Lark can help address the increased demands of hypertension. Powered by AI and backed with seamless integration and delivery, Lark is infinitely scalable. Lark for Hypertension can deliver personalized coaching to a rapidly growing population quickly, at cost, and without any loss of quality.

Self-management of hypertension can help lower blood pressure, but there is a lack of support for establishing healthy habits that are known to be effective. Doctors are in short supply, and many other barriers exist for patients to get the care and support they may need for making long-lasting changes. Lark for Hypertension has already shown its effectiveness and it is equipped to handle the growing numbers of patients that may need hypertension self-management support now and in coming decades.

References

  1.  2017 ACC/AHA/AAPA/ABC/ACPM/AGS/APhA/ASH/ASPC/NMA/PCNA Guideline for the Prevention, Detection, Evaluation, and Management of High Blood Pressure in Adults: A Report of the American College of Cardiology/American Heart Association Task Force on Clinical Practice Guidelines. J Am Coll Cardiol. 2018;71:e127-e248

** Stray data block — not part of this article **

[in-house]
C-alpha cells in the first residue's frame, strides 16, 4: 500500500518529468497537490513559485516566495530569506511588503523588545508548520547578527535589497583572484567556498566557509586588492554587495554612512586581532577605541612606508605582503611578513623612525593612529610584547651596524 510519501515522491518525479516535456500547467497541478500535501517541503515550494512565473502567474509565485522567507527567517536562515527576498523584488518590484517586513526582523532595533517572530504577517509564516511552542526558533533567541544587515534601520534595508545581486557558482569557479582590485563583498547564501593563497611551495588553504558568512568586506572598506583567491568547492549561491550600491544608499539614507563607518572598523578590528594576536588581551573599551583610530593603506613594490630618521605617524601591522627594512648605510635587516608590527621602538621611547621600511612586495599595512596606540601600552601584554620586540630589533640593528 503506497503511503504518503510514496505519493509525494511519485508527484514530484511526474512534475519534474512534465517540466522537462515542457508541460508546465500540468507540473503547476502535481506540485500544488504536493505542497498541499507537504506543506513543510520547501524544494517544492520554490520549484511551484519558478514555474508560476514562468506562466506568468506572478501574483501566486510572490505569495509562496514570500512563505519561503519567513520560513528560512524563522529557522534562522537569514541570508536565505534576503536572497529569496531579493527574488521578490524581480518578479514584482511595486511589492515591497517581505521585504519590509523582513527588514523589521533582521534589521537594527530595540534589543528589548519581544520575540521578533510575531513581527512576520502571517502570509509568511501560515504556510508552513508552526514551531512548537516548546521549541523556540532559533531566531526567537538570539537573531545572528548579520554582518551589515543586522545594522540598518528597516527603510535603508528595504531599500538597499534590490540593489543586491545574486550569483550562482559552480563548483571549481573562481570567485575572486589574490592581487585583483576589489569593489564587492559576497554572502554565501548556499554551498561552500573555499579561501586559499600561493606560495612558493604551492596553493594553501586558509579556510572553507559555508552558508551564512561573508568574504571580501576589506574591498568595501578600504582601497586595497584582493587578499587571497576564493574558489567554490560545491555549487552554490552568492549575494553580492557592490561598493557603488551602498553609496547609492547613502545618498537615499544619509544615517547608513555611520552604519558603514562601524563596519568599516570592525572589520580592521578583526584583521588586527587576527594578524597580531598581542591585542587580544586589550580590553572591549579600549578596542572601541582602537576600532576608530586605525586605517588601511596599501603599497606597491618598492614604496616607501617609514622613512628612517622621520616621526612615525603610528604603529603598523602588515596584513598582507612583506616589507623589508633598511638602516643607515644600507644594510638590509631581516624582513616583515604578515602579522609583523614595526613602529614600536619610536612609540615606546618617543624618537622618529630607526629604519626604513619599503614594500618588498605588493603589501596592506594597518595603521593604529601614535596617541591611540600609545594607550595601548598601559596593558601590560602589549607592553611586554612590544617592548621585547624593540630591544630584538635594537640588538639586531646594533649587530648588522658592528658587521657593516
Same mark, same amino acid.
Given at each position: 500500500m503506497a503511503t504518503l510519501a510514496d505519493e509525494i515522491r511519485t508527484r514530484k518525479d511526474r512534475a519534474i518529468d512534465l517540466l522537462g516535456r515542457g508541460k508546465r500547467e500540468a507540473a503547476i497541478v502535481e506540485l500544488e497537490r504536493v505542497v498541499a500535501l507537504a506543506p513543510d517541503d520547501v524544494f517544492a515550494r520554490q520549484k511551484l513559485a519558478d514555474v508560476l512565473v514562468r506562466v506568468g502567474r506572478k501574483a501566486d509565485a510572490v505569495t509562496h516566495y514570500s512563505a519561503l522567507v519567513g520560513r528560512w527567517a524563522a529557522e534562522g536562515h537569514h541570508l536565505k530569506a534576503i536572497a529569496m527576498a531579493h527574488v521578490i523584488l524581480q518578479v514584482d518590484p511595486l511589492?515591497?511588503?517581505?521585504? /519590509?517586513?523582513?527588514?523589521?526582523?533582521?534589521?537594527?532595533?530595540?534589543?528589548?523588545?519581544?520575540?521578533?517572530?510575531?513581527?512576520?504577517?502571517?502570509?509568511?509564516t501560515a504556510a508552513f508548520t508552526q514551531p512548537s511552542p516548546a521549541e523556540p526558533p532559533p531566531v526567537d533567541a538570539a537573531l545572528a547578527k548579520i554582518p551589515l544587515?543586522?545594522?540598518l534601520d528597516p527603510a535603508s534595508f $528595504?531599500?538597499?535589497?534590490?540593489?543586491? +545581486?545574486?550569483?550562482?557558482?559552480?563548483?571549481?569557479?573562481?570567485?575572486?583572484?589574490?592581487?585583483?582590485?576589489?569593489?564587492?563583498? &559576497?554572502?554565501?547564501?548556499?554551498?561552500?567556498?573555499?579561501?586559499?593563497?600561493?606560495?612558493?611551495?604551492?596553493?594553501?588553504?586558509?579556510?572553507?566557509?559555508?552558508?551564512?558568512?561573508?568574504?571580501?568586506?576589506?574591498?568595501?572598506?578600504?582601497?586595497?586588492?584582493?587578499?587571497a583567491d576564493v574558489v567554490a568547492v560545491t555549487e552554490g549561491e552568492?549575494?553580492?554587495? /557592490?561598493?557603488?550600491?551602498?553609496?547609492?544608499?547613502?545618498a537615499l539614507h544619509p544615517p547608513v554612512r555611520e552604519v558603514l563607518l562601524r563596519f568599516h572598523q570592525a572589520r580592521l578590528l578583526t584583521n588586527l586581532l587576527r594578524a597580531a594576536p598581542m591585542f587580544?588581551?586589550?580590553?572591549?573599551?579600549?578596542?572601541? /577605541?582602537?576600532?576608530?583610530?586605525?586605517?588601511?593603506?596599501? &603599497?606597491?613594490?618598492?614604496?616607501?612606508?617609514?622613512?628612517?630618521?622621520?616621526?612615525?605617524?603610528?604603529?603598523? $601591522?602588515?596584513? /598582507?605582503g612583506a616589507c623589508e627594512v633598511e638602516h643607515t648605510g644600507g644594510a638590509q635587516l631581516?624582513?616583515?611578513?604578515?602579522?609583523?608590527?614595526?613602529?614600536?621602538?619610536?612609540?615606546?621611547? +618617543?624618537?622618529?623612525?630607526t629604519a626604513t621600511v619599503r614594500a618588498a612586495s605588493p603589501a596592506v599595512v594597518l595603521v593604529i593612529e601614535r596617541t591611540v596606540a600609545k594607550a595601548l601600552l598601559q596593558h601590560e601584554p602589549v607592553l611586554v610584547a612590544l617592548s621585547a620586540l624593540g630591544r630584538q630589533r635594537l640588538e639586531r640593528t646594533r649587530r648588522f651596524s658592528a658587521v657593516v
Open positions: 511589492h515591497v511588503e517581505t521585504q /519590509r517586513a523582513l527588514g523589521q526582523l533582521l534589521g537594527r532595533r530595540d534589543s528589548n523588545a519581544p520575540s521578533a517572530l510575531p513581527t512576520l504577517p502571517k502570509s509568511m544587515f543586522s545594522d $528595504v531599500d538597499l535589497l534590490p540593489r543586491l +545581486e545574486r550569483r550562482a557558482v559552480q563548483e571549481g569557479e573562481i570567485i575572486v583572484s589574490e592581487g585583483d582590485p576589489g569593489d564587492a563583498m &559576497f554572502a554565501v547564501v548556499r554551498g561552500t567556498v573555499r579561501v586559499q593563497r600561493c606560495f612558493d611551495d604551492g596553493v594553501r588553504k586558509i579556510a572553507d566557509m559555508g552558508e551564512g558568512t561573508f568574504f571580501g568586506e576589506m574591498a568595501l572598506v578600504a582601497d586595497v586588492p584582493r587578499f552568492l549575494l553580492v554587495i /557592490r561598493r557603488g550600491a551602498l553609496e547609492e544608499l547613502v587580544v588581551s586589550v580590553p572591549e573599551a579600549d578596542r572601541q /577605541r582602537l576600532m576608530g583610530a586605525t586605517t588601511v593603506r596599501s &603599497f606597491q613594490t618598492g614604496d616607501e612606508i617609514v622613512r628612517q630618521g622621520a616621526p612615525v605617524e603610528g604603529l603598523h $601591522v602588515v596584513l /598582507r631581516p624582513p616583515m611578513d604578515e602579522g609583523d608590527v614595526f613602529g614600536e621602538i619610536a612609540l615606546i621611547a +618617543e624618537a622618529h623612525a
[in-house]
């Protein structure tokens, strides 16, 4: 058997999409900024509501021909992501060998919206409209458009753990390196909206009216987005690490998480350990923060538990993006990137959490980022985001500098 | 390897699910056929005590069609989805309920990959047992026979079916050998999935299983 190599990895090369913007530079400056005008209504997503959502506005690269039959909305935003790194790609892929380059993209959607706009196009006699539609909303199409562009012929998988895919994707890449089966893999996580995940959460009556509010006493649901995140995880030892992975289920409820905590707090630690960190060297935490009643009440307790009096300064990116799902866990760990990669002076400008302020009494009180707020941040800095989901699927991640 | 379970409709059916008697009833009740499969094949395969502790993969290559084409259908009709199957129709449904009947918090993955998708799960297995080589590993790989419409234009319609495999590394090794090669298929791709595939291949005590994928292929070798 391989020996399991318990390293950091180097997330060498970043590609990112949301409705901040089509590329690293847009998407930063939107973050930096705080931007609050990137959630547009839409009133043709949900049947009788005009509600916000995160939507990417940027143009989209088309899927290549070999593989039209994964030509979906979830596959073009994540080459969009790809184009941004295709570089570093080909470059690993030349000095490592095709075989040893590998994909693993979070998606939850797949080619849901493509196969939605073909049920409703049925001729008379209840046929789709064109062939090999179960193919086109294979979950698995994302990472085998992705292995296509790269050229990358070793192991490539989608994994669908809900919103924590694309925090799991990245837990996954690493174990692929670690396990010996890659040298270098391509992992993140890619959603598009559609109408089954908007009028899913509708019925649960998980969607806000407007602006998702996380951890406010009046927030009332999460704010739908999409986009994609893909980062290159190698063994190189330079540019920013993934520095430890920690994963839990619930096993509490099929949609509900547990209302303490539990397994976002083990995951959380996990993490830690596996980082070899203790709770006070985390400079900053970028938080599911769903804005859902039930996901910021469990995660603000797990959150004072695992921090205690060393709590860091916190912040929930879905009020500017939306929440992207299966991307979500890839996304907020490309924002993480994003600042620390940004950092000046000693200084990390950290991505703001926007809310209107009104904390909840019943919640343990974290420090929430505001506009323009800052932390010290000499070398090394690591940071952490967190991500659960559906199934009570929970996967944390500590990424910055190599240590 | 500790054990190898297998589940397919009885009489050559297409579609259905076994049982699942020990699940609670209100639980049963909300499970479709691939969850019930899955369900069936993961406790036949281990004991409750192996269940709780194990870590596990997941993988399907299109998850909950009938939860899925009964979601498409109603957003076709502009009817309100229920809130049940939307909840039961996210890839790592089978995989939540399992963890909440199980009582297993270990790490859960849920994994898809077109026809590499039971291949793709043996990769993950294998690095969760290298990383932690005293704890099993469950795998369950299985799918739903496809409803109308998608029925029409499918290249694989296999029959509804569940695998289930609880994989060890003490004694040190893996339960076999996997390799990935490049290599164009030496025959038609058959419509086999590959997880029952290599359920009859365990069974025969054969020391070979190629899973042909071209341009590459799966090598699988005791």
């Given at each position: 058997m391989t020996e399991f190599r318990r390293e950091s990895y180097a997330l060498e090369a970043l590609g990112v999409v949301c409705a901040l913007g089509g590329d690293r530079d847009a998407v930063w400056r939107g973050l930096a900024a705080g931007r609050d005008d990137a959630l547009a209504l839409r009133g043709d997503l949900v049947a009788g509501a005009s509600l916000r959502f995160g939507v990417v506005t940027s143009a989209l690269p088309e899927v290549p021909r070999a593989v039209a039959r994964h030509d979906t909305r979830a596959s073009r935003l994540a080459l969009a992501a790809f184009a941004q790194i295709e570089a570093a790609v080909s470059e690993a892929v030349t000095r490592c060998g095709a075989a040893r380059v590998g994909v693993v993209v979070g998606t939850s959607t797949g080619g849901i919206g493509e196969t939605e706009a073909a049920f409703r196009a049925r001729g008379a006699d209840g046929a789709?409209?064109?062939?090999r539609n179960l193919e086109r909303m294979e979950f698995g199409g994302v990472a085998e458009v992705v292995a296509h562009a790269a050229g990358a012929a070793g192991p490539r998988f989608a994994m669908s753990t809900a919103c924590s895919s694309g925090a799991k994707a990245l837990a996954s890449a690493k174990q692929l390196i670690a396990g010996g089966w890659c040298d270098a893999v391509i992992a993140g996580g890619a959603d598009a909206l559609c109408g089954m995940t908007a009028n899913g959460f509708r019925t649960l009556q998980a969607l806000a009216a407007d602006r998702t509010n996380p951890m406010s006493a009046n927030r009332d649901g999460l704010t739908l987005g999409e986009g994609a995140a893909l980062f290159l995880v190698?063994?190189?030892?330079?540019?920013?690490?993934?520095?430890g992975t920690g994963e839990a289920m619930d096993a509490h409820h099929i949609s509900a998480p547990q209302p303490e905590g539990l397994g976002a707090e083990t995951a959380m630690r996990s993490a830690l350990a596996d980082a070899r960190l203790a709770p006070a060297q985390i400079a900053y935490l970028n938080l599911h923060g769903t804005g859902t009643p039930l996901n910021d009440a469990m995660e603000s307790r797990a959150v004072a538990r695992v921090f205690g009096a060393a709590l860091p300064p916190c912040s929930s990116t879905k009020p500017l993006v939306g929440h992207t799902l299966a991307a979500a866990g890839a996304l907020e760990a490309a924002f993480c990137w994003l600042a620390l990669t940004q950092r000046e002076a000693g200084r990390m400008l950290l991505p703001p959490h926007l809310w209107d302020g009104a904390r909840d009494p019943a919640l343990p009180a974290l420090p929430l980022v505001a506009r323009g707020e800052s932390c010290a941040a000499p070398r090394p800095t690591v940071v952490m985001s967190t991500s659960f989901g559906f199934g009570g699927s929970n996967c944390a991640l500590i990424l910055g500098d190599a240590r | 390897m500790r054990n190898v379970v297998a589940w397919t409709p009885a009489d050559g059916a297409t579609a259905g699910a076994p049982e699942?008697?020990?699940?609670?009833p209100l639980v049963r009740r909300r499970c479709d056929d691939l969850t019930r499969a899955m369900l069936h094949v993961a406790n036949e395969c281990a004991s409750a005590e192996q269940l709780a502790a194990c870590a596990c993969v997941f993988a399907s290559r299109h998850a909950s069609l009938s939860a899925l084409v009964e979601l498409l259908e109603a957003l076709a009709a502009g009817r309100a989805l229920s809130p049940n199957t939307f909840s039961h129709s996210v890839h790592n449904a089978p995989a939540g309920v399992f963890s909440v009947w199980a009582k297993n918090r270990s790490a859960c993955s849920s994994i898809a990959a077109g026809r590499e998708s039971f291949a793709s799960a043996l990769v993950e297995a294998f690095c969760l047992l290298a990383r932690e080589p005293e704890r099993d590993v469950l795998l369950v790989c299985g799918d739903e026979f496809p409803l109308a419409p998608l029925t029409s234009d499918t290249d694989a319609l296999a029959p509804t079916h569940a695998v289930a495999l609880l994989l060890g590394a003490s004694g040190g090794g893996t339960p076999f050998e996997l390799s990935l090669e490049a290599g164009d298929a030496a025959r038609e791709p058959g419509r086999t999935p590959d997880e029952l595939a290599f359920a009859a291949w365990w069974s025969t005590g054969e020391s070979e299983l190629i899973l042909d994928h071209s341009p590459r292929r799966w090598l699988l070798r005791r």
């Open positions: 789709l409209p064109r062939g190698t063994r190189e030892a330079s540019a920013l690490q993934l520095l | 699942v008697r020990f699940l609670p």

2. 2017 ACC/AHA/AAPA/ABC/ACPM/AGS/APhA/ASH/ASPC/NMA/PCNA Guideline for the Prevention, Detection, Evaluation, and Management of High Blood Pressure in Adults: A Report of the American College of Cardiology/American Heart Association Task Force on Clinical Practice Guidelines. J Am Coll Cardiol. 2018;71:e127-e248 
  3. Health and Human Services. Improving medication adherence among patients with hypertension: A tip sheet for health care professionals. Updated February 2017. 
  4. National Center for Health Statistics. Exercise or Physical Activity. Reviewed January 20, 2017. https://www.cdc.gov/nchs/fastats/exercise.htm